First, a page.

Advance Ruling On Joint Development Agreement

But the Ld. AAR did not discuss or press the meaning of the word “prescribed” anywhere in the judgment. Without discussing this provision, the logic explained by the AAR seems perverse. If it had been looked at there, it would certainly have been an interesting scenario. In the case of MAARQ Spaces (P.) Ltd., 2019 (11) TMI 994 – AUTHORITY FOR ADVANCE RULING, KARNATAKA Applicant has entered into a joint development agreement with landowners for the development of residential complex land and development costs is borne by the applicant. Revenues from the sale of land are shared in a ratio of 75 per cent for landowners and 25 per cent for applicants. It was found that the applicant`s activities correspond to the total amount of service to landowners and the taxable value of the Rule 31 delivery (with appropriate means consistent with the principles and general provisions of Section 15). But under the JDA agreement, there is a transaction to transfer the right of operation from the owner of the land to the owner. It is therefore important to know first whether or not the GST is responsible for the JDA.

The main point is that the transfer of development rights is similar to the sale of real estate and therefore falls under the jurisdiction of the GST. Section 50C being a legal fiction, its scope and scope are limited to what is stated in the provision. Therefore, this provision can only be invoked if land or buildings or both are transferred. Their establishment may not be extended to other evaluators, nor to other characteristics, nor to circumstances other than those indicated. It was also decided that Section 50C can be invoked when development rights are transferred at the same time as the transfer of the land. We can see that there is a recorded act of transmission. The additional fees would make no difference. As long as the condition is defined in section 50C.c is to say that the deed of sale of the property is registered; Other events or transfers or additional rights or liabilities would be Arif Akhatar Hussain v. ITO [2010 (12) TMI 91 – ITAT, MUMBAI] 2.8 Initially on the date of the agreement, the applicant did not charge GST and subsequently the applicant raised the invoice on VDPL and asked him to pay the GST on the transaction in question. VDPL informed the applicant, however, that this GST could not be applied to the sale of additional TDR/FSI.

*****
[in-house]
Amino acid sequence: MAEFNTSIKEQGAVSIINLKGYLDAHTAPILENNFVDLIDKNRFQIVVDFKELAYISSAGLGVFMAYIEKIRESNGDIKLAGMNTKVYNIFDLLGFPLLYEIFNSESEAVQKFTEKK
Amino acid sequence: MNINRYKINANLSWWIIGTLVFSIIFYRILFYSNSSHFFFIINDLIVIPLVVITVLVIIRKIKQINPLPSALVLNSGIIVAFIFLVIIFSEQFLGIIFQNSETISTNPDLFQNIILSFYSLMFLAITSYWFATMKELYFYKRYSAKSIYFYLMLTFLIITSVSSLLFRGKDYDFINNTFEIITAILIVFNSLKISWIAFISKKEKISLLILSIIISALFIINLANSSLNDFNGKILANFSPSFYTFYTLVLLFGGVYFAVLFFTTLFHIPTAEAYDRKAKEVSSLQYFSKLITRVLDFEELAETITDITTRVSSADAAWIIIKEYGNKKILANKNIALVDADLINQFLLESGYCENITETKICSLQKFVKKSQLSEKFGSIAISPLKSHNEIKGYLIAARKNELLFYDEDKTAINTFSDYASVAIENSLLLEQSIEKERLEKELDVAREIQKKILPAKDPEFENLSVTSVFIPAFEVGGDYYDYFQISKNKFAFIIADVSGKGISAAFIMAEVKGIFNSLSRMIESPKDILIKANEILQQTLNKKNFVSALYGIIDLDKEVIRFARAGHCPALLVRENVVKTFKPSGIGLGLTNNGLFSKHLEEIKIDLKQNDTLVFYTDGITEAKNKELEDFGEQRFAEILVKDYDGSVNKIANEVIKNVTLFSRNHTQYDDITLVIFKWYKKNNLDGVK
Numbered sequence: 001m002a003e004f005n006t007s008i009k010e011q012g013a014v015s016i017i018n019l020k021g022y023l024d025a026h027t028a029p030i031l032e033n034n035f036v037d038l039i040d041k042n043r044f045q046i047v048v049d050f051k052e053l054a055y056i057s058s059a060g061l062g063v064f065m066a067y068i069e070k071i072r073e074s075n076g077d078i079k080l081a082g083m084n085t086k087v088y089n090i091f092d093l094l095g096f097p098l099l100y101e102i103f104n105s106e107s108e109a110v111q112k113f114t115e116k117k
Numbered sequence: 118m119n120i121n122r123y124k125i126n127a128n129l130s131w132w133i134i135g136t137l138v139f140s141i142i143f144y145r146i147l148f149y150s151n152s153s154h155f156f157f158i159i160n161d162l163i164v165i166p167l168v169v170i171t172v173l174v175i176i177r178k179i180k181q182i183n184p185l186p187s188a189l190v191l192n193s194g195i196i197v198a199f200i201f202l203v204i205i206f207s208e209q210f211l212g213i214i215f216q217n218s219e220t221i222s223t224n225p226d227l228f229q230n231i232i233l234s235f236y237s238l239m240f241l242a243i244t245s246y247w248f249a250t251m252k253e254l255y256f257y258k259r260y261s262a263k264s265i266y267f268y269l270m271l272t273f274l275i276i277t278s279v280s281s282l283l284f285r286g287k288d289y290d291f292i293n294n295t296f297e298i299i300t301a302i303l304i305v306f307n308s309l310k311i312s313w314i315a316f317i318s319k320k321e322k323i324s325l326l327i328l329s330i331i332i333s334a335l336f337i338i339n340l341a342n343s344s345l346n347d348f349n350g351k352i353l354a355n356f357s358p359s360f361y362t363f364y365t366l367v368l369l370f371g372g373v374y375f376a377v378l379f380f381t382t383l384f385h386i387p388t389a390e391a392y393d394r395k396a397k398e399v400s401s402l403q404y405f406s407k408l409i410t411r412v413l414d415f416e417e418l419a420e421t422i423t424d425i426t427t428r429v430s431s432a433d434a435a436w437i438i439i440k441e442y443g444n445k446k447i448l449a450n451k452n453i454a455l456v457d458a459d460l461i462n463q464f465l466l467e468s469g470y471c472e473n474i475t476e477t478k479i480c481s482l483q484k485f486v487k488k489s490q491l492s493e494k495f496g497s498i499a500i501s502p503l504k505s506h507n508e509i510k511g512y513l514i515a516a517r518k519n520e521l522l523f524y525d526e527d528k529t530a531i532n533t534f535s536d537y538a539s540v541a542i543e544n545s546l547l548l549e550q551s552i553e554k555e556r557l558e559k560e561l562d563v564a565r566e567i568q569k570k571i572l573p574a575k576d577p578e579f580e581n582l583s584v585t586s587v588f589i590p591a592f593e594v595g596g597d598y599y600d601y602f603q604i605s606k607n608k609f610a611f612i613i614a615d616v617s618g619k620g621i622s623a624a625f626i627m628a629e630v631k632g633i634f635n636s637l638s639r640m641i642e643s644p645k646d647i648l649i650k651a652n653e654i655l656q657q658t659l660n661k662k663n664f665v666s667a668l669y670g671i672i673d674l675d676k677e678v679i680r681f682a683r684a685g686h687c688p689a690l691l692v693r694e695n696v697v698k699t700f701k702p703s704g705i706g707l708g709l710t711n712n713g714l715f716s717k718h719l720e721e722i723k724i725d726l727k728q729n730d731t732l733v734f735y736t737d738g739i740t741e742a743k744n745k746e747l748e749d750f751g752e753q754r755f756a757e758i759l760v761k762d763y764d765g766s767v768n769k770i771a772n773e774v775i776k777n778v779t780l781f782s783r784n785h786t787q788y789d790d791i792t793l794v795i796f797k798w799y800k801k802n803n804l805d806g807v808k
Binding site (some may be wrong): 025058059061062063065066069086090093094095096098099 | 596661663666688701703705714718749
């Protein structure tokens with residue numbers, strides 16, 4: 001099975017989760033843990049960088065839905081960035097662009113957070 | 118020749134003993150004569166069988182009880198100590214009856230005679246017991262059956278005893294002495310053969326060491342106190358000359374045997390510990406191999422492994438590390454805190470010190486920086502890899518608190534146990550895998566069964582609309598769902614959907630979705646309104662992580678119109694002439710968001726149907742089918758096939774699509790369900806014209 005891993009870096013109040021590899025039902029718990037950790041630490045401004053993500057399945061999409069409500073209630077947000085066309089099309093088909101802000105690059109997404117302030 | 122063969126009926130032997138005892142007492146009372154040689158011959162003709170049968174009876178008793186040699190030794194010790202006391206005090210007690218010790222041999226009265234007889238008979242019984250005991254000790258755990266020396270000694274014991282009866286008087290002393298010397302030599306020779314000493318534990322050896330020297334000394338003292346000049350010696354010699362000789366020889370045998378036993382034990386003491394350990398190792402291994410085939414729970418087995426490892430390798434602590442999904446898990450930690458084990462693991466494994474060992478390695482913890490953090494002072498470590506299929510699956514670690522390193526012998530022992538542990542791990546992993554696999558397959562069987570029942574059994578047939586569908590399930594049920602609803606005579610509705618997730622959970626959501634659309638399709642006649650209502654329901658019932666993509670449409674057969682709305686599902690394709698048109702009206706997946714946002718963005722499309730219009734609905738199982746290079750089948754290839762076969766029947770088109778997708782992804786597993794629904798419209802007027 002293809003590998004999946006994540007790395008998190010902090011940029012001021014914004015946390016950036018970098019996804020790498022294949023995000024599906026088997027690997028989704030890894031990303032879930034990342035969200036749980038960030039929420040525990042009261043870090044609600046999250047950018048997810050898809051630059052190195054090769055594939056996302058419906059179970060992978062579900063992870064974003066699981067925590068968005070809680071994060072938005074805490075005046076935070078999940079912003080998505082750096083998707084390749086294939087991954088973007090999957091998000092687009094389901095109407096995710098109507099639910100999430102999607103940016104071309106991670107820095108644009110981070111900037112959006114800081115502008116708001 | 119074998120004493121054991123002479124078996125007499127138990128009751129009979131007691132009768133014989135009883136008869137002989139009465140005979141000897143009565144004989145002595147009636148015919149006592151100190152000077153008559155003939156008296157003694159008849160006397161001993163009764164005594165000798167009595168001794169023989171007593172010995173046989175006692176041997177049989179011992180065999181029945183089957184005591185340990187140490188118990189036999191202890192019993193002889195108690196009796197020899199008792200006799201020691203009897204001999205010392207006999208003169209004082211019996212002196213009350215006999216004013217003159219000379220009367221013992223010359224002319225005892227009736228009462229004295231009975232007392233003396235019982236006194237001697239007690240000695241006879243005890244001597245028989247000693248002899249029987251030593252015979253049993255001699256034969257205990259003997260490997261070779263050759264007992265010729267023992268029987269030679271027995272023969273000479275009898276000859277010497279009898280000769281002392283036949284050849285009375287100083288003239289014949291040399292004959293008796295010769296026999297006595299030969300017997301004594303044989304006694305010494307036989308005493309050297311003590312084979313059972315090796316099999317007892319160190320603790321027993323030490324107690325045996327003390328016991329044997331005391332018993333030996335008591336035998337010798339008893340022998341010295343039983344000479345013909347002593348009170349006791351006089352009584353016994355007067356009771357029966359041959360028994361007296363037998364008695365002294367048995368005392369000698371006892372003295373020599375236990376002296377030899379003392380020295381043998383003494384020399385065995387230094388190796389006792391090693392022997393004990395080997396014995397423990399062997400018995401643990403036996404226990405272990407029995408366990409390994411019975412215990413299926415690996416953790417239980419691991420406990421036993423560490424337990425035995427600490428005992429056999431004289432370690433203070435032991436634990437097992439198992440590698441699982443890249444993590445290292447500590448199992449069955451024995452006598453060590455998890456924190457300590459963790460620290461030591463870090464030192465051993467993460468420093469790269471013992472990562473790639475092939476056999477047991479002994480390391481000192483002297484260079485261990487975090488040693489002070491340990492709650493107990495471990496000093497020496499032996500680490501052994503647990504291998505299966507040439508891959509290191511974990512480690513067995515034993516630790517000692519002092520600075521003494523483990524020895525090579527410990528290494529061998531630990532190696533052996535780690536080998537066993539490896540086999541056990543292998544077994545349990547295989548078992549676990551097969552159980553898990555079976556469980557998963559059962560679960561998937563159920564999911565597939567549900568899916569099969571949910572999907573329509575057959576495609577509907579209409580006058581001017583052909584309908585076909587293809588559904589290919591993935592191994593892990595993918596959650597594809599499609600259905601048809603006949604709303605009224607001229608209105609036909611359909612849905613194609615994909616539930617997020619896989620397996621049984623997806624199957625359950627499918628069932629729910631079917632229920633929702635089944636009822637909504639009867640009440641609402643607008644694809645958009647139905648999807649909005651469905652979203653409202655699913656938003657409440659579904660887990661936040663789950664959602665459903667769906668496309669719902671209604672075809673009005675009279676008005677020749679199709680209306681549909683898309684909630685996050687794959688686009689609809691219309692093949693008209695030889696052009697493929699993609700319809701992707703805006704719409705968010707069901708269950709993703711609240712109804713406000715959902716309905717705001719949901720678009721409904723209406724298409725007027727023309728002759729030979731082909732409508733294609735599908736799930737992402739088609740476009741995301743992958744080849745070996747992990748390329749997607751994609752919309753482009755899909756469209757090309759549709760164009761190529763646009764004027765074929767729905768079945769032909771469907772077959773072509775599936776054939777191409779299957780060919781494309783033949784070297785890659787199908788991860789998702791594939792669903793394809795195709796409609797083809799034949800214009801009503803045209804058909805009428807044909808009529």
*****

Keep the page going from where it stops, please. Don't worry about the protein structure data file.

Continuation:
On the basis of the above cases, it can be said that if only rural development activities are carried out within the framework of a joint economic and development committee, it is likely that this will also be taxed under the GST. However, if the development of the land is naturally grouped with the sale of land and the sale is the main delivery of the group transaction, the transaction can be interpreted as a compound delivery without GST liability. It would therefore be appropriate for taxpayers to agree on the exact extent of services provided under a JDA in order to determine their tax capacity. The development of land and, subsequently, the sale of these lands should not be taxable, because if the land is not in itself within the jurisdiction of the GST (according to SCH-III or the delivery of goods or services), how can it be a matter of taxation of property? When the land is sold, they have all the characteristics of the land.



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